The rest of the film is really about following your dreams and giving it all you’ve got; realising that you will have to make major sacrifices along the way and that you will undoubtedly face crushing disappointments; and that focusing on what you have in the here-and-now rather than what you could have had if you had only done x, y and z in the there-and-then is a far healthier mindset. Though it’s also a celebration of artists and risk-takers and in the words of Dylan Thomas those who refuse to “go gentle into that good night”. As epitomised by Mia’s audition song The Fools Who Dream about an aunt who “leapt without looking” into the Seine: “Here’s to the ones who dream / Foolish as they may seem / Here’s to the hearts that ache / Here’s to the mess we make.”

I loved La La Land. I repeat: loved. From the unashamedly cheesy opening to the unexpectedly poignant finale, filmmaker Damien Chazelle had me in the palm of his hand. As he had with 10 Cloverfield Lane (which he co-wrote) and Whiplash (which he wrote and directed). The soundtrack by Justin Hurwitz and editing by Tom Cross (both of whom worked on Whiplash, the former earning a Grammy nomination, the latter an Oscar statuette) are terrific. As is the lush cinematography by Linus Sandgren. The performances by and chemistry between Ryan Gosling and Emma Stone are electric, charming and nuanced. And it is little wonder that the film won a record seven Golden Globes and that Chazelle is widely tipped to become the youngest-ever winner of Best Director at next month’s Academy Award ceremony.

But La La Land is about much more than the red carpets and golden gongs or the fleeting fame and brittle egos of Hollywood where, as Sebastian says, “they worship everything and value nothing.” It’s about art and dreams, love and happiness, and the pursuit thereof. Something which he talks about with great passion after seeing a legendary jazz club reduced to a tacky Tapas & Tunes restaurant: “Jazz is dying on the vine and the world says, ‘Let it die, it’s had its time.’ Well, not on my watch.”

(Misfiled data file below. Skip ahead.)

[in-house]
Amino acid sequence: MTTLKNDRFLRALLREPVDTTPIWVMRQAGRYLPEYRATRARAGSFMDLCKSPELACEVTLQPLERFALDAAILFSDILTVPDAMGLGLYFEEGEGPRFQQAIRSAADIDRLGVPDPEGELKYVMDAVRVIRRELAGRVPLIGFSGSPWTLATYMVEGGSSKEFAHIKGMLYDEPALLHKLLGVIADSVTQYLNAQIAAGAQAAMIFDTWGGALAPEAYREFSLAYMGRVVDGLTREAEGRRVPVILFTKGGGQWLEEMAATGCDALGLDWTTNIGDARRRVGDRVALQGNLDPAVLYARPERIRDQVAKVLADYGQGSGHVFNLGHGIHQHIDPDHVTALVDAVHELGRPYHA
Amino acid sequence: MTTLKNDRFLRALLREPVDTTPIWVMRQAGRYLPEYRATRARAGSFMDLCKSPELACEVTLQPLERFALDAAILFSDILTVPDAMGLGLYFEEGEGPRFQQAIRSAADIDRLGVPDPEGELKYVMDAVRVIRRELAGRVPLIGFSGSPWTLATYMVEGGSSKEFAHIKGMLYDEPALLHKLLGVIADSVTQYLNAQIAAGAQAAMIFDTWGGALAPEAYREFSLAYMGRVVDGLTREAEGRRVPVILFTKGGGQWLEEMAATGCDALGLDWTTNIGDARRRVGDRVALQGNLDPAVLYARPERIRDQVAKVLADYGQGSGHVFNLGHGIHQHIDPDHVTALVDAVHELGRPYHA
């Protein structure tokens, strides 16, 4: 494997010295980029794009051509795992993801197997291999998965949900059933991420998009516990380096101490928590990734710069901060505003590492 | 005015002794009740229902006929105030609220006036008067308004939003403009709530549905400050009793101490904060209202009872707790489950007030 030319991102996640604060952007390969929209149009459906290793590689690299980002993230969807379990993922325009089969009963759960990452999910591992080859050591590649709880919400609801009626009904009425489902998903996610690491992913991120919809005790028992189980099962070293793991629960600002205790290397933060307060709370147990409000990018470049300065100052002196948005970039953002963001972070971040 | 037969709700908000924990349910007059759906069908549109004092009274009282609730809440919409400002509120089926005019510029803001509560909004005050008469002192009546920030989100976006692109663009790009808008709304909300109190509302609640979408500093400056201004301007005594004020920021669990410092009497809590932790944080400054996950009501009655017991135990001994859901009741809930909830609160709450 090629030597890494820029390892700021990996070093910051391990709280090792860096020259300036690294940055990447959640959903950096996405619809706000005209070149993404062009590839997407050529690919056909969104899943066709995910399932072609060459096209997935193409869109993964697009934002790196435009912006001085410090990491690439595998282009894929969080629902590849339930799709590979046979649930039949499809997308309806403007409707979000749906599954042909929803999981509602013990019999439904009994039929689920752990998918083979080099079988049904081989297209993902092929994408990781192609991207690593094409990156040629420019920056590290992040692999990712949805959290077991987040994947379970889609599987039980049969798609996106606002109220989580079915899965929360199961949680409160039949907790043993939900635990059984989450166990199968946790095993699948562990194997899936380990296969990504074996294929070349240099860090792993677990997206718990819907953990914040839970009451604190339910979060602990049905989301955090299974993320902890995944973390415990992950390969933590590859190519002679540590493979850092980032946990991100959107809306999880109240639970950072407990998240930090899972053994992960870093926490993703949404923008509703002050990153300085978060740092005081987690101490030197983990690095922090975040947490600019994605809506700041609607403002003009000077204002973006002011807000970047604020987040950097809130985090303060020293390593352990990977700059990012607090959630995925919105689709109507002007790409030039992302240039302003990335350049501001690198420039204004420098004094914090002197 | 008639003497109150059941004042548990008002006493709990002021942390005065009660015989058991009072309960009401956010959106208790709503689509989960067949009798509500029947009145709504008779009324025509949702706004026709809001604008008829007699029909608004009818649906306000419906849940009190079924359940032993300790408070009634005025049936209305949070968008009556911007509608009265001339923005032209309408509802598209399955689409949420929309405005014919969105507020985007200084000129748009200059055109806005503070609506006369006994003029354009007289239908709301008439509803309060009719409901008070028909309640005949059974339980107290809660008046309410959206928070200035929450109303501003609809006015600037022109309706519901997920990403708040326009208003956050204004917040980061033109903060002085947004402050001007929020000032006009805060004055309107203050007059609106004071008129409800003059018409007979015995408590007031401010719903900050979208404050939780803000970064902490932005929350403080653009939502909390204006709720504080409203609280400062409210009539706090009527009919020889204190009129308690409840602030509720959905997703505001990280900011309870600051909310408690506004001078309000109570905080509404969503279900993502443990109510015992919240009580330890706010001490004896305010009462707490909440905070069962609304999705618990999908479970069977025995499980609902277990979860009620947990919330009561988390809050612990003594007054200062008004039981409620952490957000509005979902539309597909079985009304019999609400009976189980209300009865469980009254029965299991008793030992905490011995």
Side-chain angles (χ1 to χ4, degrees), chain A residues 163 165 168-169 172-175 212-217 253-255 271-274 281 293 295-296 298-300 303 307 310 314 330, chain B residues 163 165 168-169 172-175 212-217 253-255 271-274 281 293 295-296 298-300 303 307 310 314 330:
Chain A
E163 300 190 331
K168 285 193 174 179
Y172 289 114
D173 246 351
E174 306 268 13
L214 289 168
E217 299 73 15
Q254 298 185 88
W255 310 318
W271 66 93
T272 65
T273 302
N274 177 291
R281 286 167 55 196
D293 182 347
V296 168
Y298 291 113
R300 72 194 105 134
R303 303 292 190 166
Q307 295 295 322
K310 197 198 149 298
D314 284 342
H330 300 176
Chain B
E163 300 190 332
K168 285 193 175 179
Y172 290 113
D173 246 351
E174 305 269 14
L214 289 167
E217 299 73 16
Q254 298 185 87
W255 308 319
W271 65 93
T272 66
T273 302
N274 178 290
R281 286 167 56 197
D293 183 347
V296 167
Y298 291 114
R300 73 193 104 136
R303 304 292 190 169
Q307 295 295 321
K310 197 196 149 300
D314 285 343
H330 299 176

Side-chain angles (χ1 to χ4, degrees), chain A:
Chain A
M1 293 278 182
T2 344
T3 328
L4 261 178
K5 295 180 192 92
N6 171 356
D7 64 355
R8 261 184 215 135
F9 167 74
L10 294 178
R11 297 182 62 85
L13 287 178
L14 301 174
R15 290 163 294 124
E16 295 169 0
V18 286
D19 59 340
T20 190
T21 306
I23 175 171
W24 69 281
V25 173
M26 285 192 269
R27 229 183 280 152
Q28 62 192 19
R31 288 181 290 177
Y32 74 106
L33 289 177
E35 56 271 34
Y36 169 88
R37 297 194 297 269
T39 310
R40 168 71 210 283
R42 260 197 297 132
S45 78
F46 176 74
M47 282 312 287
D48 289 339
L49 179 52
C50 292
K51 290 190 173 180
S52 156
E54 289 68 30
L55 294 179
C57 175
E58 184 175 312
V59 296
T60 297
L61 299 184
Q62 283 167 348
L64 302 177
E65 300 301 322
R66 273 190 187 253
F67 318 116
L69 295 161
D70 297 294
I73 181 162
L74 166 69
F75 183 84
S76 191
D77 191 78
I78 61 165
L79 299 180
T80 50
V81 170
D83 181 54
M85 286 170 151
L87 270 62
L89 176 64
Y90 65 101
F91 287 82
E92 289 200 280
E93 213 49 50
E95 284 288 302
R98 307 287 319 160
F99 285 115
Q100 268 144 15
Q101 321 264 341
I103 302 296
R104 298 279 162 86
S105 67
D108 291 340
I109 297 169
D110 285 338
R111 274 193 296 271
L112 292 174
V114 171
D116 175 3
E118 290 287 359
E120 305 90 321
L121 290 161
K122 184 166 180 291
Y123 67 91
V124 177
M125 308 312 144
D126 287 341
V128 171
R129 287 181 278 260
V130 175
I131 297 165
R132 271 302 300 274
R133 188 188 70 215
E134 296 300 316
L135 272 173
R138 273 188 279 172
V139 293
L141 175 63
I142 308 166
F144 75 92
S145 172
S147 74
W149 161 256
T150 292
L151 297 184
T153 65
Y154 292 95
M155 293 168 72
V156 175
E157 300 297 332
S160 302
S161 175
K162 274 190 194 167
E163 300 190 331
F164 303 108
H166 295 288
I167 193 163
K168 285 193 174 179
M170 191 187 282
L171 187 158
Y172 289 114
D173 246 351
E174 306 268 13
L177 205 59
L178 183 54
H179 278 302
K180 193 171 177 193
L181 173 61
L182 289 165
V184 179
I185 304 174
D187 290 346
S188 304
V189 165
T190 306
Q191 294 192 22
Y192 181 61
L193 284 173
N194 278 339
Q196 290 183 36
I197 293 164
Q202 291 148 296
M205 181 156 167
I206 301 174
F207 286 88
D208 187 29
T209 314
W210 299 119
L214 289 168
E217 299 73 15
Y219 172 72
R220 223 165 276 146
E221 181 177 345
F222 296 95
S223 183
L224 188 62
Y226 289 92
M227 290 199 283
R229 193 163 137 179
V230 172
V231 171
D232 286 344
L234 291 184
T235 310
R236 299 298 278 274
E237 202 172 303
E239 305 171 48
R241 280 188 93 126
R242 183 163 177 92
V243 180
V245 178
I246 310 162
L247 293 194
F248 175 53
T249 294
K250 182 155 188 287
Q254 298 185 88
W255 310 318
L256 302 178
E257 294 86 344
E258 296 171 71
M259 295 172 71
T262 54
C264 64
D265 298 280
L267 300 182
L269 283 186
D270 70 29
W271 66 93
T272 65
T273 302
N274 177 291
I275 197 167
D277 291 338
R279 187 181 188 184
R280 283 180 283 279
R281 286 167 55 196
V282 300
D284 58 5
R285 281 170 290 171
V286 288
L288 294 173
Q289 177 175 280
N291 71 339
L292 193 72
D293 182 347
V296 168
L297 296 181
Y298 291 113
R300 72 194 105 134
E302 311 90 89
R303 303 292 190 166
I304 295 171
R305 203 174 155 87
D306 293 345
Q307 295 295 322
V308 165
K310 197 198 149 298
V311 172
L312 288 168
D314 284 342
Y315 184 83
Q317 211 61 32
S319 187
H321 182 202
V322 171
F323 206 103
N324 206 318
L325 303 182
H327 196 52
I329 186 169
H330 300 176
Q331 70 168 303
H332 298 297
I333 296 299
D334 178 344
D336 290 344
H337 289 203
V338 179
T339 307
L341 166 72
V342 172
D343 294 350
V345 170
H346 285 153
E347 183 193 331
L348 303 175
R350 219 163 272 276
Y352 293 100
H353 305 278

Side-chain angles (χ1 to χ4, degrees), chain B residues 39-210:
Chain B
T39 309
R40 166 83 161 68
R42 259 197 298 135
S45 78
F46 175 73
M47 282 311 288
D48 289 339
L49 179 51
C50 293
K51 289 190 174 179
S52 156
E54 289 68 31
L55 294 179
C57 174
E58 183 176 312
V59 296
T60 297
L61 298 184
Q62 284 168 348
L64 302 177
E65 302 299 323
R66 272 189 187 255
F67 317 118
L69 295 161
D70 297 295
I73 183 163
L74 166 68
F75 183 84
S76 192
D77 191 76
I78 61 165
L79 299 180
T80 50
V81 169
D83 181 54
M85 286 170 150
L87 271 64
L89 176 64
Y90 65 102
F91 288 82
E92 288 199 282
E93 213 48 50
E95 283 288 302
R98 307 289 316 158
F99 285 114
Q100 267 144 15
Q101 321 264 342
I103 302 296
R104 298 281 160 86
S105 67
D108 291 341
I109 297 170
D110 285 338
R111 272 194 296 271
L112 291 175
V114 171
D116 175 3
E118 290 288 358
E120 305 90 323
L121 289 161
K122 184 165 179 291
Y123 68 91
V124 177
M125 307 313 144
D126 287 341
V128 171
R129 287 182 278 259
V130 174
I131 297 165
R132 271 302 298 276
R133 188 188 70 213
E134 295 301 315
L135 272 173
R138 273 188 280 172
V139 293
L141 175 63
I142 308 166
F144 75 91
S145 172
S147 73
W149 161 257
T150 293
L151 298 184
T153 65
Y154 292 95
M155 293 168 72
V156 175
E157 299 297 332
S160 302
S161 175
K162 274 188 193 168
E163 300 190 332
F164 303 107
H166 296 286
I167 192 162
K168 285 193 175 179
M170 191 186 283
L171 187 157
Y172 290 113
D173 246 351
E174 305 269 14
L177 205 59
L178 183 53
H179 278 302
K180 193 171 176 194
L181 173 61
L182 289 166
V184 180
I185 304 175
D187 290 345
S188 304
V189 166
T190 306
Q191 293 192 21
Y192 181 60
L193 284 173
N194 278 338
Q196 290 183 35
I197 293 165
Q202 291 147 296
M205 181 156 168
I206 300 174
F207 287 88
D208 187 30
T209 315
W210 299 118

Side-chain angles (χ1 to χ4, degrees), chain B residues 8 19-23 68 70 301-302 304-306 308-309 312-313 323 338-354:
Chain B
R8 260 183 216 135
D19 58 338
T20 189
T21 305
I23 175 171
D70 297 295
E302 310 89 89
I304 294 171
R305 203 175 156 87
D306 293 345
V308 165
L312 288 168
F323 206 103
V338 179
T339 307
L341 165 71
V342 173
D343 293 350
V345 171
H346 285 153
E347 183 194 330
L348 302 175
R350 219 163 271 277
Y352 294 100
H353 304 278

For “jazz” read live music venues, comedy clubs, theatres, art galleries and independent cinemas. Particularly those outwith cities and tourist hotspots. If we don’t use them, we’ll lose them. And as Meryl Streep said in her recent attack on Donald Trump, “you’ll have nothing to watch but football and mixed martial arts – which are not the arts.” As for criticism that La La Land is overly sentimental and more of a musical than the slickly edited trailer suggests, as Sebastian says to Mia when discussing whether people will like her nostalgic one-woman show – “Fuck ‘em!” Or as Oscar Wilde more politely put it in an echo of Sebastian’s critique of L.A.: “[A cynic is] a man who knows the price of everything and the value of nothing.”

Video courtesy of: Lionsgate Films

La La Land (2016)
La La Land poster Rating: 8.8/10 (67,794 votes)
Director: Damien Chazelle
Writer: Damien Chazelle
Stars: Ryan Gosling, Emma Stone, Amiée Conn, Terry Walters
Runtime: 128 min
Rated: PG-13
Genre: Comedy, Drama, Musical
Released: 25 Dec 2016
Plot: A jazz pianist falls for an aspiring actress in Los Angeles.
Peter Callaghan

Peter Callaghan

Writer at reviewsphere
Royal Conservatoire of Scotland, Dramatic Studies graduate, actor, writer and drama workshop leader. As well as a performance poet and corporate roleplayer.
Peter Callaghan